RIGA, Latvia — A parade through the streets of Riga Friday in which Canadian soldiers helped mark Latvian independence took on added significance as neighbouring Russia continues its war on Ukraine.
Latvia, a small Baltic nation sharing a long border with Russia, has frequently lived under occupation throughout its history and fears an invasion from its powerful and unpredictable neighbour.
Canada has sent 1,000 soldiers to the country, creating with its NATO allies a defence and dissuasion force based at Camp Adazi, outside the capital.
Lt.-Col. Jérémie Gauvreau, deputy commander of Task Force Latvia, told The Canadian Press that Canada is playing "an essential role" in Latvia.
A group of Canadian soldiers took part in the long procession that marched ahead of Latvian President Egils Levits and other dignitaries on a boulevard alongside the Daugava River in the heart of Riga. Flag-bearers from other NATO allies also took part, as did Ukrainians.
An arsenal was also on display for the large crowd that turned out on a cold, clear day, seemingly happy to be able to attend the parade after two years in which gatherings were restricted because of the COVID-19 pandemic. Latvia and NATO sought to demonstrate their military might, parading self-propelled howitzers, tanks, armoured personnel carriers and trucks, as U.S. jets and helicopters flew overhead.
“It's a neighbouring country that does not want to return to the Soviet era and fears a Russian invasion," Gauvreau explained. "Latvians have been warning NATO for several years that Russia is very aggressive.”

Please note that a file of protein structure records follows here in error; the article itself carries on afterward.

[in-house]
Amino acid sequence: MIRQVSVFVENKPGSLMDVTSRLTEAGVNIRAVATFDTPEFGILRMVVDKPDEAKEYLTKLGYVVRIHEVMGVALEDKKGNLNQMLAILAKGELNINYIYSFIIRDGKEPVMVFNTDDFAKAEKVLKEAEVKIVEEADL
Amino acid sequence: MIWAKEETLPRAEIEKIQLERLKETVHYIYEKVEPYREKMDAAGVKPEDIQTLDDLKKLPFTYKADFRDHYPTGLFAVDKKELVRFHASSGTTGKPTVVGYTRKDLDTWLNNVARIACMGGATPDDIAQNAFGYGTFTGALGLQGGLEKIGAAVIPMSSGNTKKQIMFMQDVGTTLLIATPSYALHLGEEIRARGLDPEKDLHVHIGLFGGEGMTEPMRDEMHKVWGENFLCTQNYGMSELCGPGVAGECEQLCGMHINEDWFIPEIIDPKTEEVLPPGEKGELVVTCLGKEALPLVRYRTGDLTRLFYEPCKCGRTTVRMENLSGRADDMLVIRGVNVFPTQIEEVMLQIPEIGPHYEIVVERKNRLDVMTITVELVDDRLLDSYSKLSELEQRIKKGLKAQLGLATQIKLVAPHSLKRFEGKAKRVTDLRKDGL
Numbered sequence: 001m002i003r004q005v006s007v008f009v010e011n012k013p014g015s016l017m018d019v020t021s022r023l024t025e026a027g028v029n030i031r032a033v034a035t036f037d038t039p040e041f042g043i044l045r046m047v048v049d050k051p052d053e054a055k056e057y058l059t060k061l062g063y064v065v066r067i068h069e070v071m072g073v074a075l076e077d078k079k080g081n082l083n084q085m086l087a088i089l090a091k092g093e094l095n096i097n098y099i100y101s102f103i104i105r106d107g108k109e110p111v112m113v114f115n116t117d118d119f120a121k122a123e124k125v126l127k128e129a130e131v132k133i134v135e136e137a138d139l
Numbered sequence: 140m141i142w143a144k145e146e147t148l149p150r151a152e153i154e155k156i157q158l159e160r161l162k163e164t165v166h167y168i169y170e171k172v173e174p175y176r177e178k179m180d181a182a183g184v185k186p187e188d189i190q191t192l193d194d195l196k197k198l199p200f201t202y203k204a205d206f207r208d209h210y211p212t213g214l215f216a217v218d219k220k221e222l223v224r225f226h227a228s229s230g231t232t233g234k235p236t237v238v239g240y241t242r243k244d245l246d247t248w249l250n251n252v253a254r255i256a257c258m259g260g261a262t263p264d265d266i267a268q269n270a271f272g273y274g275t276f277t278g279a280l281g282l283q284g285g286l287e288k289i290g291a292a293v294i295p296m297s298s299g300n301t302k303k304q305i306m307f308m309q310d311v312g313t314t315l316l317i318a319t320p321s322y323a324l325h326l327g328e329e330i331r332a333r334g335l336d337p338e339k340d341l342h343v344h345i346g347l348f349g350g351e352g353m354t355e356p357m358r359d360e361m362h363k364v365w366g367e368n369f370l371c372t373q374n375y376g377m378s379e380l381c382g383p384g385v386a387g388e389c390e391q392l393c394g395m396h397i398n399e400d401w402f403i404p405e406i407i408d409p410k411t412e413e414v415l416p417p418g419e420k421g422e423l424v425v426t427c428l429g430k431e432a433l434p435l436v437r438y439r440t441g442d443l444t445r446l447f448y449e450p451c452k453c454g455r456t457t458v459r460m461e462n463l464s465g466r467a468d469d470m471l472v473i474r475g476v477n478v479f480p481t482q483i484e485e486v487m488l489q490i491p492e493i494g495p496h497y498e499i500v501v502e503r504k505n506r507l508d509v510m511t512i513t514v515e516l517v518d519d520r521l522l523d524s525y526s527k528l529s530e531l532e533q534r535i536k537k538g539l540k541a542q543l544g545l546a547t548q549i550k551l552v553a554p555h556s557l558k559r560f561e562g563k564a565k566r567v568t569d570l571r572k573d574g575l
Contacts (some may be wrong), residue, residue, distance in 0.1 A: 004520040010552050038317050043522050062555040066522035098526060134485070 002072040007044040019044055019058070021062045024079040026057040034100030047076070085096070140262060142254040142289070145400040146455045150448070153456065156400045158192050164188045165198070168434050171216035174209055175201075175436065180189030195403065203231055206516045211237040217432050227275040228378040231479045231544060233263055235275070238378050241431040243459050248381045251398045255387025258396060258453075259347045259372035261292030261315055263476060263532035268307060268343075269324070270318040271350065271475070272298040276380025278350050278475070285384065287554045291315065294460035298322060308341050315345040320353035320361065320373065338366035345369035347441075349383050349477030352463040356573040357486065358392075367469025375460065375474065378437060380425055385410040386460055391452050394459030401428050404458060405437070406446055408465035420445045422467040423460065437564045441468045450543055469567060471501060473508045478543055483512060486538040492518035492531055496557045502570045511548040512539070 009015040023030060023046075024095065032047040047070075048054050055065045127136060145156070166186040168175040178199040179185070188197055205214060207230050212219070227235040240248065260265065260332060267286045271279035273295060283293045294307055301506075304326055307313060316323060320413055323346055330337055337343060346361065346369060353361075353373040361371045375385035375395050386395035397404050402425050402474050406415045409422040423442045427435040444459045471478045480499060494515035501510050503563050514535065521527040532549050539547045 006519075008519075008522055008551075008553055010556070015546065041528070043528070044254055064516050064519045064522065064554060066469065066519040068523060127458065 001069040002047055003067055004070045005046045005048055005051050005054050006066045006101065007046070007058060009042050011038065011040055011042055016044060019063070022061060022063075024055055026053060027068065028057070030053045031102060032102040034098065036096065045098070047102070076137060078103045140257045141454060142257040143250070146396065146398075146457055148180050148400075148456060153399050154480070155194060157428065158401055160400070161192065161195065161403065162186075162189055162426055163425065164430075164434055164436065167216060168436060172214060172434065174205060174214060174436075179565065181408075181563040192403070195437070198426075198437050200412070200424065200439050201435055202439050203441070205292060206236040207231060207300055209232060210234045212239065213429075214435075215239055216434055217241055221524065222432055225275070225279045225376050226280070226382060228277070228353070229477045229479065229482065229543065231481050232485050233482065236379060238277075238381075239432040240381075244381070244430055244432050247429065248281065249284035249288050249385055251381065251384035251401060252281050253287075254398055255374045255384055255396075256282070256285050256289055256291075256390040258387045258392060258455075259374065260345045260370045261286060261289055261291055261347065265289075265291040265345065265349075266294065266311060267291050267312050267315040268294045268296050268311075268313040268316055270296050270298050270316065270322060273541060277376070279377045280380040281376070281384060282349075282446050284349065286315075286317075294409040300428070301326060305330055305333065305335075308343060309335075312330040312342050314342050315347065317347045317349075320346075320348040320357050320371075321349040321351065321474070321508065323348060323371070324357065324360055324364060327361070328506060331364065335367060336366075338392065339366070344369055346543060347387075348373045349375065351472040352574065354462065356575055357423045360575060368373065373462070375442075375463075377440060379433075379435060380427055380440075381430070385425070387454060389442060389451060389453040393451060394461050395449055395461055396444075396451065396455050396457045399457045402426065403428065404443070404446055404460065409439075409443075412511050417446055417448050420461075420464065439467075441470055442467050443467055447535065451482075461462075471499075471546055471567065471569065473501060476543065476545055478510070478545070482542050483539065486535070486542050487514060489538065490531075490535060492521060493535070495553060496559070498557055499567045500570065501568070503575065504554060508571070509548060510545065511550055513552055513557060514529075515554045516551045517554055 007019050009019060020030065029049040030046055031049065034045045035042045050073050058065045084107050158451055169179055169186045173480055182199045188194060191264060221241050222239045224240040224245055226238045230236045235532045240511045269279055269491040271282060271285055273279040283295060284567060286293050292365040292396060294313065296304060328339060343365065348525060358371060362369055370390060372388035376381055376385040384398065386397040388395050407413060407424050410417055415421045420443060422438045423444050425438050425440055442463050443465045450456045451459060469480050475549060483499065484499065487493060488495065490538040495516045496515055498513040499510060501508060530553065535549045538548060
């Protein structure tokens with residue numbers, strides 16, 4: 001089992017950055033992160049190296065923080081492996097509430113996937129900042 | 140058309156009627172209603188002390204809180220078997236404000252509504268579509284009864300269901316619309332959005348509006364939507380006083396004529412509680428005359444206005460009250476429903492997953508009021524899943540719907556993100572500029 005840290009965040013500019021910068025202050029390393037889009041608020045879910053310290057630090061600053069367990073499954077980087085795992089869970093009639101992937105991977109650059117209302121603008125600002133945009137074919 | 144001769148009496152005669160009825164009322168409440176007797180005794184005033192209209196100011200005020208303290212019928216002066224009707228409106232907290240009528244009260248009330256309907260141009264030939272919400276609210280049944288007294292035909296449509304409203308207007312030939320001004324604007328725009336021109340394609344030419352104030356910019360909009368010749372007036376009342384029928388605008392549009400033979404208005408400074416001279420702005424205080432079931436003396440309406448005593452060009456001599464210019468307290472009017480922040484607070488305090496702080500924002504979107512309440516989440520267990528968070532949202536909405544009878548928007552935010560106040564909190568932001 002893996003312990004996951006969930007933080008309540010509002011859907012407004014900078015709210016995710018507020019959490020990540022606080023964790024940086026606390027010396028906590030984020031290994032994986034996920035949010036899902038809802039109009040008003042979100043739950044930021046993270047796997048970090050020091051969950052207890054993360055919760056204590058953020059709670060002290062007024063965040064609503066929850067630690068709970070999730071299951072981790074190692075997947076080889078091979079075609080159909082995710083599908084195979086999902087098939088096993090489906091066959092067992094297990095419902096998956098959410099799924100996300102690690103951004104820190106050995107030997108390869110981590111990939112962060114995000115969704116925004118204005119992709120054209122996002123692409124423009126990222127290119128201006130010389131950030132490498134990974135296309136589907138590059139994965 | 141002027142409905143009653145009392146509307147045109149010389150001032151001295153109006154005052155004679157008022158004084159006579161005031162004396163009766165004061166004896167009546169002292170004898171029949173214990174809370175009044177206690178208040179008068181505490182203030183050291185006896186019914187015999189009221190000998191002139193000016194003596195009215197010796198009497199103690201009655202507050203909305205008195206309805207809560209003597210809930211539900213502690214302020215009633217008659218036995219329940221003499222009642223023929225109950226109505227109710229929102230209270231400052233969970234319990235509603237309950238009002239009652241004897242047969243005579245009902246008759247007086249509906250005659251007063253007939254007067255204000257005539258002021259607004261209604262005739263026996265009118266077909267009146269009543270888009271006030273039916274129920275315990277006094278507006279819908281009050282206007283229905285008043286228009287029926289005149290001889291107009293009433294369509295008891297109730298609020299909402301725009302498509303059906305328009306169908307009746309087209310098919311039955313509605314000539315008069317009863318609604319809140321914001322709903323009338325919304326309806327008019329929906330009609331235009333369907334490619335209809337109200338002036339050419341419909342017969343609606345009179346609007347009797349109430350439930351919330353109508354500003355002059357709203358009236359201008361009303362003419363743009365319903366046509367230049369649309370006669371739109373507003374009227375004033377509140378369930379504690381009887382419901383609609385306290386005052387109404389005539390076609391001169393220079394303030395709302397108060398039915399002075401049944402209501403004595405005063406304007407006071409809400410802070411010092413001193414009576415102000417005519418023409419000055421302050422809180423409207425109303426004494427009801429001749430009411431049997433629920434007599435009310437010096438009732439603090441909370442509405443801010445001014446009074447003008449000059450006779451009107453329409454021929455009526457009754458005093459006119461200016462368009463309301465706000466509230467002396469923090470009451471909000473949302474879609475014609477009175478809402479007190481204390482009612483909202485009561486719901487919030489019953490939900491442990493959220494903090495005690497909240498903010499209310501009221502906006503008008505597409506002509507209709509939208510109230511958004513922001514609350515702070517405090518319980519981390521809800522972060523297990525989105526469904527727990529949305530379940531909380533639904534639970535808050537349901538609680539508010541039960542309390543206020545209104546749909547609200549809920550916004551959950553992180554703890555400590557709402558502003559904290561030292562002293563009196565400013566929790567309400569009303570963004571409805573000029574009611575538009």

Latvians have twice had to free themselves and win their independence from the Russians.
The first time, exactly 104 years ago on Nov. 18, 1918, they created a republic after the fall of the Russian Empire and the Bolshevik Revolution. But the Soviet dictator Josef Stalin annexed them by force in 1939. Then in 1991, during the disintegration of the U.S.S.R., the Latvians again declared independence.
Janis Garisons, state secretary in Latvia's Ministry of Defence, said the history of Russian domination is a painful memory for Latvians. They remain determined not to give an inch to the Russians, he said in an interview Friday.
An invasion of Latvia could trigger a general conflagration, Gauvreau noted, as under the North Atlantic Treaty, an attack against one NATO member is considered an attack against all members.
"There is always a risk in the region," said Gauvreau, who is originally from Jonquière, Que. "We don't know what goes on in (Russian President Vladimir) Putin's head."
In addition to taking part in the parade, he marked the solemn day by laying a bouquet of flowers at the foot of Riga's Freedom Monument and attending a religious service at Riga Cathedral, which was also attended by the country's president.
"We are representing our flag and integration with Latvians on this day of Latvia's freedom," he concluded.
This report by The Canadian Press was first published Nov. 18, 2022.
— Patrice Bergeron is a Quebec-based journalist with The Canadian Press. In addition to two decades of political and general news experience, he was a CP war correspondent in Afghanistan in 2009.
Patrice Bergeron, The Canadian Press